There are many ways to do cardio training, some of them better than others, but interval training is one of the quickest, most effective, and therefore smartest ways to workout.
When most people do their cardio training, whether this is in the gym or outdoors, chances are it’s what is known as Steady State aerobic training. In other words doing jogging, cycling, using the cross-trainer or rowing at the same speed for a set time or a set distance. But instead of spending an hour or more doing this, wouldn’t it make sense if you could burn at least the same amount of calories and definitely more fat in less than half the time by doing interval training?
Interval training involves, as the name suggests, training in intervals. A work phase and a recovery phase. The time spent in each can vary with goals and fitness levels, but as is never the case in most cardio workouts, in the work phase you give 100% maximum effort. This will get the heart beating much higher than any steady state workout, close to if not up to your maximum heart rate, which will cause major increases in fitness alone. This is known as High Intensity Interval Training (HIIT).
Benefits include decreasing insulin resistance, which does a lot to prevent diabetes; increasing metabolism, which can increase your Basal Metabolic Rate (BMR) and therefore the calories you can eat per day; increased lactic acid tolerance, which will help you train harder with weights and therefore produce better results; lower your resting heart rate, which means your heart doesn’t have to work as hard; and increase your VO2 max, which is how effective your lungs are at absorbing oxygen.
If all that isn’t enough to bring your attention to the benefits of interval training there’s also the fact that, where other types of cardio training, such as steady state, prefer to use your glucose stores for fuel, high intensity interval training prefers to burn fat.
Let me repeat that one for you.
Where other types of cardio training, such as steady state, prefer to use your glucose stores for fuel, high intensity interval training prefers to burn fat.
That means that not only can you burn more fat and more calories overall with interval training, you can do it in less time!
But that still isn’t everything.
You might have heard that jogging, or any other steady state cardio, isn’t good if you’re trying to build muscle. Look at any athlete that runs more than 1500 metres to see what I mean. Compare them to any 100 metre sprinter and the first thing you notice is how much more muscle they have. Now I’m not saying that even high intensity interval training will get you more muscle, but what I am saying is that short, intense cardio obviously doesn’t affect (in other words reduce) muscle mass.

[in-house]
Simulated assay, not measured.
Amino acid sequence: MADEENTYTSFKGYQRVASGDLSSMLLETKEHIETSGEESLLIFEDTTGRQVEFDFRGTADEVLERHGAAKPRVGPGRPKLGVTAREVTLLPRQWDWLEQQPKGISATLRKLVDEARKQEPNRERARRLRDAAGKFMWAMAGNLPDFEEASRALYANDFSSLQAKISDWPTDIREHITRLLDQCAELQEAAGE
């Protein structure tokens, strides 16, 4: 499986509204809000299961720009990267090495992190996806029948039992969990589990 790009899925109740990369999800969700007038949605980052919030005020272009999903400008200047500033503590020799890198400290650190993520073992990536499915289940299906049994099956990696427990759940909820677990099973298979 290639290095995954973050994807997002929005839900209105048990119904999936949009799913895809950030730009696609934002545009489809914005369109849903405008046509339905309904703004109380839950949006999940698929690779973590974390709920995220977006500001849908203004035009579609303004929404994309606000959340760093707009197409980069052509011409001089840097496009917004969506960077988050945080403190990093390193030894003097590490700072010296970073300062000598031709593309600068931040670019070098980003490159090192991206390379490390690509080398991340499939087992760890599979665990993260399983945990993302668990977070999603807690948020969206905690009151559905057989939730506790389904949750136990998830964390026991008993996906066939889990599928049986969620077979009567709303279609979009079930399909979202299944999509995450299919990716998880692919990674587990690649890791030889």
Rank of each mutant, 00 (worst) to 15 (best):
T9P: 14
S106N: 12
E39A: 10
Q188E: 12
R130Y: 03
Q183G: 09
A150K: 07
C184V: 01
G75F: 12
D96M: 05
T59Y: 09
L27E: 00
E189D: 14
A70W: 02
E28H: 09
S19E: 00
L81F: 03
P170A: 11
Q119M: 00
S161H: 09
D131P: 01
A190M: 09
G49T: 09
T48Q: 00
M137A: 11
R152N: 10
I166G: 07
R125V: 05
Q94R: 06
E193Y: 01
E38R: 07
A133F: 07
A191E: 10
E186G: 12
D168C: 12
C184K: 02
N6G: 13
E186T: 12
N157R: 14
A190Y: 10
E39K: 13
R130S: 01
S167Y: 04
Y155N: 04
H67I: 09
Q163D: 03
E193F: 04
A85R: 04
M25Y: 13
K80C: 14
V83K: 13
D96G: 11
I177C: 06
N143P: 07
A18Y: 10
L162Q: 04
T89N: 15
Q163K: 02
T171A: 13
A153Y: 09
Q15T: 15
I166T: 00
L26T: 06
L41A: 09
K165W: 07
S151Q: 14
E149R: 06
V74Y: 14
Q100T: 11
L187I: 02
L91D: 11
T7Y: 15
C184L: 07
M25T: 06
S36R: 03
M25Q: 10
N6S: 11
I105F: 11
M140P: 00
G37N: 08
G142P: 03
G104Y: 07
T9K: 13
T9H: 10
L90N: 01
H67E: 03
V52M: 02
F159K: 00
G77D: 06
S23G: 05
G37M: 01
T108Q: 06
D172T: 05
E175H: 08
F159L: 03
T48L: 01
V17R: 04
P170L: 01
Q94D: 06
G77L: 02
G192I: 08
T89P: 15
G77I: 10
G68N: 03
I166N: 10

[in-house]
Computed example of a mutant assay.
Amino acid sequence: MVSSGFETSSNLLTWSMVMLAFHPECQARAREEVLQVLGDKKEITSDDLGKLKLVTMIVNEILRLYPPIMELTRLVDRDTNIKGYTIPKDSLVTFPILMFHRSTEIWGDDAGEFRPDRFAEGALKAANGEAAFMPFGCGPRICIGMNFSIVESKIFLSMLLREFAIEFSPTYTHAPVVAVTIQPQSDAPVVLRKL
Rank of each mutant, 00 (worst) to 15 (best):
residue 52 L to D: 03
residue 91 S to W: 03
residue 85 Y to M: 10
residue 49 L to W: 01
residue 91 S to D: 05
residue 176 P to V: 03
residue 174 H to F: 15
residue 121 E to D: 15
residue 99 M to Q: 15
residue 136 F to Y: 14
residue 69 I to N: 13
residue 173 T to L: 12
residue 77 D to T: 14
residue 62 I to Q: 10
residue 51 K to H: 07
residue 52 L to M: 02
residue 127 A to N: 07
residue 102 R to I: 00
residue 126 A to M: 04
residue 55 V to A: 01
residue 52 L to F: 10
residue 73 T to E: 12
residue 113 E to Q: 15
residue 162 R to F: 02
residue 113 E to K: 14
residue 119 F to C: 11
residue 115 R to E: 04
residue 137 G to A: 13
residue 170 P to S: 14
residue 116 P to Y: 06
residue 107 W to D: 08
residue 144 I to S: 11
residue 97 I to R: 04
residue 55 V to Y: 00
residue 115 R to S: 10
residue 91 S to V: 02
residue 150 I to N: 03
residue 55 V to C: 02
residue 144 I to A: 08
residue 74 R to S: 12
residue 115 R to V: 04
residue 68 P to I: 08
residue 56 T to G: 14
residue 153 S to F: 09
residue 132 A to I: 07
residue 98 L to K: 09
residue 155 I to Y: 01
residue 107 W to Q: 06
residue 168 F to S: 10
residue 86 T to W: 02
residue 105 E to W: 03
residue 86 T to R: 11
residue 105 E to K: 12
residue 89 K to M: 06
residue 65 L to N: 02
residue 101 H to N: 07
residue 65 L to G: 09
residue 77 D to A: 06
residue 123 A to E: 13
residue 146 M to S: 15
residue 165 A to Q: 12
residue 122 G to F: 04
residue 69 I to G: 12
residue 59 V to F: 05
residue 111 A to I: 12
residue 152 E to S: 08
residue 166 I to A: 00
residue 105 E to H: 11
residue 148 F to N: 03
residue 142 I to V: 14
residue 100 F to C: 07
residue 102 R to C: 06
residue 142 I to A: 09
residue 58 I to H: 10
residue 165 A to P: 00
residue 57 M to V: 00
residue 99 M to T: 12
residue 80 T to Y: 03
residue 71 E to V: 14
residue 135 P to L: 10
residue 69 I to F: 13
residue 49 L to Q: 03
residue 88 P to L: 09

As I said, time spent in the work phase and recovery phase varies with goals and fitness levels, but for our purposes you are aiming to do a 30 second work phase followed by a 30 second recovery phase. The work phase 100% effort and the recovery phase 50% effort.
A perfect example of this is when I do interval training on a bike it’s 30 seconds at level 18 and 30 seconds at level 9.
The 50% recovery period might feel too easy, especially for the first few minutes, but keep an eye on your heart rate and you’ll see why high intensity interval training works your heart and lungs so hard. Let’s say your heart rate goes up to 90% in the work phase before you then drop the effort down to 50%. You’ll notice that your heart rate doesn’t drop accordingly. In fact it might not even drop at all, it might increase. This means you’re heart is working at 80% of its maximum while you’re only working at 50%.
If you’re heart rate drops at all during the 30 second recovery phase then you’re already pretty fit.
Now when the work phase comes around again you’ll be able to get your heart rate even higher, and you only need repeat this process for 20 minutes to get an intense workout that surpasses any steady state workout out there.
So to use my current interval training workout on the bike as an example:
30 seconds Work Phase – level 18
30 seconds Recovery Phase – level 9
Repeat for 20 minutes
Interval training can be done in numerous ways, with or without cardio equipment. The principle remains the same. If you’re not yet fit enough to do the 30 seconds work, 30 seconds recovery version, increase the recovery time AND the work time. This might sound like it would make it harder, but because you’ll have to switch to a lower level it’s actually easier.
As you get fitter, decrease the time until you’re doing 30 second intervals, burning up the body fat and making a big step towards getting a six pack!
As always, leave a comment if you’ve any questions or feedback.